THE UK's main anti-fraud agency has launched the first criminal investigation into alleged rigging of the £3 trillion-a-day foreign exchange markets at leading banks.

The Serious Fraud Office (SFO), which is responsible for investigating and prosecuting serious and complex fraud cases, will consider whether traders benefited from the manipulation of benchmark Forex prices.

The investigation, which was confirmed yesterday, will look into allegations of "fraudulent conduct", said the SFO.

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It raises the spectre of jail sentences for those found guilty while the banks they worked for, including Royal Bank of Scotland, could also face prosecution over their behaviour.

Several investment banks, including RBS, Barclays and HSBC, have already suspended currency traders due to an investigation launched last year by the Financial Conduct Authority.

While RBS was not commenting on the development, the bank's chief executive Ross McEwan warned on Friday that Forex rigging could erupt into a bigger scandal than the Libor interest rate rigging-scandal or the payment protection insurance controversy.

The Edinburgh-based bank was hit with £390 million in penalties for its role in the manipulation of Libor - the benchmark rate that some of the world's leading banks charge each other for short-term loans - amid a series of hefty fines levied on banking giants.

In total, banks around the world have paid out more than £3.8 billion in fines relating to the affair.

RBS also set aside £3.1bn to cover the cost of compensating clients sold payment protection insurance they did not need.

Mr McEwan admitted the early signs suggest foreign exchange fixing allegations could prove equally damaging.

"Unfortunately it has the hallmarks," he said. "We are still doing a lot of investigation. We are going through millions and millions of e-mails, chatrooms, conversations to see what actually went wrong, if anything, in this area.Unfortunately, I have the feeling this is a sort of Libor case again. The difference this time is we have not sat back and denied it. We have gone into it and are doing the investigation hand- in-hand with the authorities."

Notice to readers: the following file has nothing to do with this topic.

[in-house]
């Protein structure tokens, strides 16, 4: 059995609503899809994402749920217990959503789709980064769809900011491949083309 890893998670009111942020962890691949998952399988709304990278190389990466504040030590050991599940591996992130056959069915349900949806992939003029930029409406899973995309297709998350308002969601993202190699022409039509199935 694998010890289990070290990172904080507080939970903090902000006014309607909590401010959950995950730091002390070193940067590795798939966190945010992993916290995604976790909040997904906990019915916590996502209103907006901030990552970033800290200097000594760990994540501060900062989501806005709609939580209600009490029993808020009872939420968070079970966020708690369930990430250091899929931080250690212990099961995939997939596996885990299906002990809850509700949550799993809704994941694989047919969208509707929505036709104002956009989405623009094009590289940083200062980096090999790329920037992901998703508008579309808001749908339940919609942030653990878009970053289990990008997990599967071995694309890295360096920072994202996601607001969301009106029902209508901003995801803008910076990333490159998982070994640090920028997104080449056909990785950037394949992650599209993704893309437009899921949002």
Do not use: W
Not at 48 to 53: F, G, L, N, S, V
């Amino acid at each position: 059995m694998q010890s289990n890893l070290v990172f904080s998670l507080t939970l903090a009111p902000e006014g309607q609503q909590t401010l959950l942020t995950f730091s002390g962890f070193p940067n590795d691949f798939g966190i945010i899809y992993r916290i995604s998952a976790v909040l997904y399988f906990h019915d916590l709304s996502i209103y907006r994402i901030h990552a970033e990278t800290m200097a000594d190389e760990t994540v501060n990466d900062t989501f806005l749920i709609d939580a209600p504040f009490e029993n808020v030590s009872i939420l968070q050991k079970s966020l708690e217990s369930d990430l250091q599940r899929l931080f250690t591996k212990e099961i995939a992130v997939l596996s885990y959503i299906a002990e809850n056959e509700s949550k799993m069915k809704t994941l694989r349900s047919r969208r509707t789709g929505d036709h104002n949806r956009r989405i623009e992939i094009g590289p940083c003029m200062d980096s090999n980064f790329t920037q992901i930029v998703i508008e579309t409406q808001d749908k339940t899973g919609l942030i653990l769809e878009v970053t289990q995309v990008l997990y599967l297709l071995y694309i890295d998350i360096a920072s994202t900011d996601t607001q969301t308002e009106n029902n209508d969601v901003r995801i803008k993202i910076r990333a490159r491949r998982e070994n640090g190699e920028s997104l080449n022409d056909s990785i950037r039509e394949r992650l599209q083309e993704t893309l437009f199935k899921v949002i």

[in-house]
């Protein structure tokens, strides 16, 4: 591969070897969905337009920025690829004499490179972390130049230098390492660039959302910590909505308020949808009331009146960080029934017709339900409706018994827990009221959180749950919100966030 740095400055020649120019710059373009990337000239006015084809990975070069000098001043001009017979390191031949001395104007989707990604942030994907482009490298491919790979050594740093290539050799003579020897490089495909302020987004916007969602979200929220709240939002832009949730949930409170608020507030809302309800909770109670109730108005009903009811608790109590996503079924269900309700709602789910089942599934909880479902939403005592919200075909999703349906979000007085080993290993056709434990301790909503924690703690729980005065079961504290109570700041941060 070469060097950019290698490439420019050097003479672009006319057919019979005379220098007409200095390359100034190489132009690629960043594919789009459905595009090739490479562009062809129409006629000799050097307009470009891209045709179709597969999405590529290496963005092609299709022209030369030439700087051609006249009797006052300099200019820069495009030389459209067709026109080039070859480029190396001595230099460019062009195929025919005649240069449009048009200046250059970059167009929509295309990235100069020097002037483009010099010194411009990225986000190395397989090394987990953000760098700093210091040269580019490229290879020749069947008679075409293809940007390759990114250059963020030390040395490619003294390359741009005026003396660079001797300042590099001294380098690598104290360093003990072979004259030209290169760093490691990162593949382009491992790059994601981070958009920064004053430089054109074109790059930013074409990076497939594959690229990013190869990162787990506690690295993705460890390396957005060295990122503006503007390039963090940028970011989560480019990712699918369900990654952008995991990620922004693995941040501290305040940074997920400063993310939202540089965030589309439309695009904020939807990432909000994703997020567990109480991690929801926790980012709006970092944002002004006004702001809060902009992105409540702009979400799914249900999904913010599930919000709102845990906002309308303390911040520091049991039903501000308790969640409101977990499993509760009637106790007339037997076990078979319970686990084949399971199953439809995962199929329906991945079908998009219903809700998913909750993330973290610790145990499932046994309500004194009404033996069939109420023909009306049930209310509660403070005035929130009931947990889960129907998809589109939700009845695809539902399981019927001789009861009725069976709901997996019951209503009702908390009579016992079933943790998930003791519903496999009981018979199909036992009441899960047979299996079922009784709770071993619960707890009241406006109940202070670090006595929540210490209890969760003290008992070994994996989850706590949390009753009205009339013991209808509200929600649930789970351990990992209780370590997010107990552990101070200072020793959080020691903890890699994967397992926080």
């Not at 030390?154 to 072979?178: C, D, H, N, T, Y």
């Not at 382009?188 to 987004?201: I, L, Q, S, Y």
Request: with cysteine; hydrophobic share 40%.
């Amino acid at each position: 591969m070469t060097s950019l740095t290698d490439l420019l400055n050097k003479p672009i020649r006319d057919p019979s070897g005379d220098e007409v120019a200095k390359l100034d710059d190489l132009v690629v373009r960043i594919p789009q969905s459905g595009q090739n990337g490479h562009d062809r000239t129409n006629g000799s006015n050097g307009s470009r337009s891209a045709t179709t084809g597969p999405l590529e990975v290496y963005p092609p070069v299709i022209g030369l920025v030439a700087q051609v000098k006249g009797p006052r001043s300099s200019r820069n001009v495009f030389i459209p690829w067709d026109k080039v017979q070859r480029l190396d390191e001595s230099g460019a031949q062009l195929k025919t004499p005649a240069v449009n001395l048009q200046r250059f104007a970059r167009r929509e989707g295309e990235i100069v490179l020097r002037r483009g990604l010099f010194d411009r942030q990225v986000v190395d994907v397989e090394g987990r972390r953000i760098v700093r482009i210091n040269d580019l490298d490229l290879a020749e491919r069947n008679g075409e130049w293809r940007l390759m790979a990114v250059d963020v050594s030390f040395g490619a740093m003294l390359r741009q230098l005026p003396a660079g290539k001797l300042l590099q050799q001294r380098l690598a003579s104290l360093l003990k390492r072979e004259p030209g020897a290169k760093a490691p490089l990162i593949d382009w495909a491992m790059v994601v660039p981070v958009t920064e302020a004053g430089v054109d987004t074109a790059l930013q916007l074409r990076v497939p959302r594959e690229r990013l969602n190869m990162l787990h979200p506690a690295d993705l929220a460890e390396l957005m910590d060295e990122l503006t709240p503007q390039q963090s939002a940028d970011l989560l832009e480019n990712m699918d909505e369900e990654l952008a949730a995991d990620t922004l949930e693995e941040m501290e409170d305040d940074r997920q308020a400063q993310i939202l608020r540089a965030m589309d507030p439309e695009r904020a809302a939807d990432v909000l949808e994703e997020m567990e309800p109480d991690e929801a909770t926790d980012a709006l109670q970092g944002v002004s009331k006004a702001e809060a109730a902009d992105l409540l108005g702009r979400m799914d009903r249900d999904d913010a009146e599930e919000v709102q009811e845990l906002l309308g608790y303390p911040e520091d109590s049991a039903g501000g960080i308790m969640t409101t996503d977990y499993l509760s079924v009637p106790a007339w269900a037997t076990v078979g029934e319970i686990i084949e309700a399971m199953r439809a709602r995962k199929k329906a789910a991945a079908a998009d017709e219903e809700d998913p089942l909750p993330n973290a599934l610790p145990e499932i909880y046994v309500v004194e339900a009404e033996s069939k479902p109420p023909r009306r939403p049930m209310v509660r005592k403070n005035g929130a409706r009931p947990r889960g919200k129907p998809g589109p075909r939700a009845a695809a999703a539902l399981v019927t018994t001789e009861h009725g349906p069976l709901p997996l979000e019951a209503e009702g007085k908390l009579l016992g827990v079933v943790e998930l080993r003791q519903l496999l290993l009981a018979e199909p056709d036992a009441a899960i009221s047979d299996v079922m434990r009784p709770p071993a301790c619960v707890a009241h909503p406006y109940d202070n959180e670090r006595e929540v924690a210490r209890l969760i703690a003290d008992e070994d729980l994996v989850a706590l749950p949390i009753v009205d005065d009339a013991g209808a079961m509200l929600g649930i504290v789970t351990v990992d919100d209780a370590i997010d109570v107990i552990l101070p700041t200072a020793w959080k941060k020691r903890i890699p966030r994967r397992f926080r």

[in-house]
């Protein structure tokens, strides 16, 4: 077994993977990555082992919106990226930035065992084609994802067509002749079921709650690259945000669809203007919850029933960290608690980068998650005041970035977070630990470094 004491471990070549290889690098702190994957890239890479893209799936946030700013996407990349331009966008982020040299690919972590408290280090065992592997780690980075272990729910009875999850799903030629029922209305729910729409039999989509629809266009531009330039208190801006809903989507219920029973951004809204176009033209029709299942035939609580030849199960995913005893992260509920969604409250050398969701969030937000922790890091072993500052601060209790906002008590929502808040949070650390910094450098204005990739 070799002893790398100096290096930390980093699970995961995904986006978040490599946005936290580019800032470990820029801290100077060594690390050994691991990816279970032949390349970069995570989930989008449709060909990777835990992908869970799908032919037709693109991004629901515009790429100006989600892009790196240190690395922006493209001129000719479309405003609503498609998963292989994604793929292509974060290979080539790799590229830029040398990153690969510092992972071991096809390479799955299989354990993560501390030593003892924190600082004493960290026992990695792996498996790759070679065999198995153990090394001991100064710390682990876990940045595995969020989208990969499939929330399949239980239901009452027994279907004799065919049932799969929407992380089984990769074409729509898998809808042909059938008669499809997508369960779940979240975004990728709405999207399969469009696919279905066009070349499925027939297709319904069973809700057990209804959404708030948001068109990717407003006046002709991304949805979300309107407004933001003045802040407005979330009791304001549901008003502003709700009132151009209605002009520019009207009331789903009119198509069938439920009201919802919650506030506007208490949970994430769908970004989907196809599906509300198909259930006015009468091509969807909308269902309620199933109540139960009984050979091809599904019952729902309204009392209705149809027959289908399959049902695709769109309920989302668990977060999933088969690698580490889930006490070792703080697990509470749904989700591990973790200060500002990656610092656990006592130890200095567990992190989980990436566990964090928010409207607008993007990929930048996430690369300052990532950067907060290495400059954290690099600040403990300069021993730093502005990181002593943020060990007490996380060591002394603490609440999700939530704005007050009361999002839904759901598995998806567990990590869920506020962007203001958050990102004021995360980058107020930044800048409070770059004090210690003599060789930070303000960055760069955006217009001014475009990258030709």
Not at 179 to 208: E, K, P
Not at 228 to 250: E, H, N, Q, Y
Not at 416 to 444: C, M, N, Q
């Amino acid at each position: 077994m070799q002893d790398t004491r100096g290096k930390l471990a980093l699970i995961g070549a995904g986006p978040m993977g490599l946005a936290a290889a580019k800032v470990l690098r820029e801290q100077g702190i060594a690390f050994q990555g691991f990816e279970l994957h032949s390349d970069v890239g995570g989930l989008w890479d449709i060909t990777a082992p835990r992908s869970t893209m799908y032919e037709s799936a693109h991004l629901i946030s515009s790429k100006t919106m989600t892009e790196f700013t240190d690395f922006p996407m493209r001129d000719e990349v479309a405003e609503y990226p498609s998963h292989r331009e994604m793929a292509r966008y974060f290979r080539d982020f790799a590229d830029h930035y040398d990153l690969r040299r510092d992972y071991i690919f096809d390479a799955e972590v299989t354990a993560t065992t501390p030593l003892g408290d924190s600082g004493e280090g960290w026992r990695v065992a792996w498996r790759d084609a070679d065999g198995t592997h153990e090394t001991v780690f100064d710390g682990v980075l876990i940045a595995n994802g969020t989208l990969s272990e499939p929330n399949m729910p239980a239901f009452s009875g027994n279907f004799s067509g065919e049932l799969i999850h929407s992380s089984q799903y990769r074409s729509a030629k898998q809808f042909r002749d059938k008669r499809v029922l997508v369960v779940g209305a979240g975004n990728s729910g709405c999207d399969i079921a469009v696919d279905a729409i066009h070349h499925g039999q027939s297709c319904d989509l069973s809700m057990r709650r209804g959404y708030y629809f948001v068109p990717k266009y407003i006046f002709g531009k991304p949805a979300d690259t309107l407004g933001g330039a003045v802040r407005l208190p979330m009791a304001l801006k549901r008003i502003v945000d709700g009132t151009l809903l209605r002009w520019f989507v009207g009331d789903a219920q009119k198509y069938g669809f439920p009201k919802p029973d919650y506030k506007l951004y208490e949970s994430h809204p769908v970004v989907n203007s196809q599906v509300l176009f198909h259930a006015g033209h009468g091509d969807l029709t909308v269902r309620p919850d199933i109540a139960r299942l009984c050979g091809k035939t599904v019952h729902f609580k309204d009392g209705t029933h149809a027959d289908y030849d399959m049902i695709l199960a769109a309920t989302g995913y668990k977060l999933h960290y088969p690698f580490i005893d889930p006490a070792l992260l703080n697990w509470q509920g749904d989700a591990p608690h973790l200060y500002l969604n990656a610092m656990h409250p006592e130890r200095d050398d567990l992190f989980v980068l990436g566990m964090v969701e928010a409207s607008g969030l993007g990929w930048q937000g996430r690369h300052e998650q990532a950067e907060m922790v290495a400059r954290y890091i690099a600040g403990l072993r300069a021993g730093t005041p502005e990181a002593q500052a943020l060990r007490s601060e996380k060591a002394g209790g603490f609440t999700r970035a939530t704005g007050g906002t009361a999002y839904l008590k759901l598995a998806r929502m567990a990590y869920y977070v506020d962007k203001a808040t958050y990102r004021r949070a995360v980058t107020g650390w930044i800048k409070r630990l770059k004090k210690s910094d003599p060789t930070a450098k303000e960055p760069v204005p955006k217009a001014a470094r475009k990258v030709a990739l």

The criminal inquiry into alleged currency markets rigging in London, home to more than 40 per cent of the world's foreign exchange trading, will join worldwide investigation into foreign exchange market abuse by watchdogs across Europe, America and Asia.

In February, RBS suspended a third senior City currency trader over a global investigation into allegations of exchange rate rigging. Ian Drysdale had been put on leave before being suspended for four months after similar moves involving colleagues Julian Munson and Paul Nash.

The inquiry into online communications between traders and allegations of manipulating benchmark currency rates, also known as "fixings", has seen more than 20 traders at many of the world's biggest banks put on leave, suspended or fired.

Regulators have been looking into whether currency traders shared information about their positions and knowledge of client orders through instant messages to rig the foreign exchange market in their favour.

Benchmark currency fixings are a cornerstone of global financial markets, used to price trillions of dollars of investments and deals and relied upon by companies, investors and central banks.

RBS has lurched from crisis to crisis since its collapse in 2008, when it was bailed out by the UK Government, which has an 80 per cent stake in the institution as a result.

Since 2008, it has shed thousands of jobs and a programme of branch closures is continuing. While 60 of its branches closed last year, it announced in April it was selling 300. Overall, it has about 1900 branches and has warned it is "inevitable" more will go.

Earlier this year, a £5bn cost-cutting plan was unveiled. The bank employs almost 120,000 people, including 12,000 in Scotland.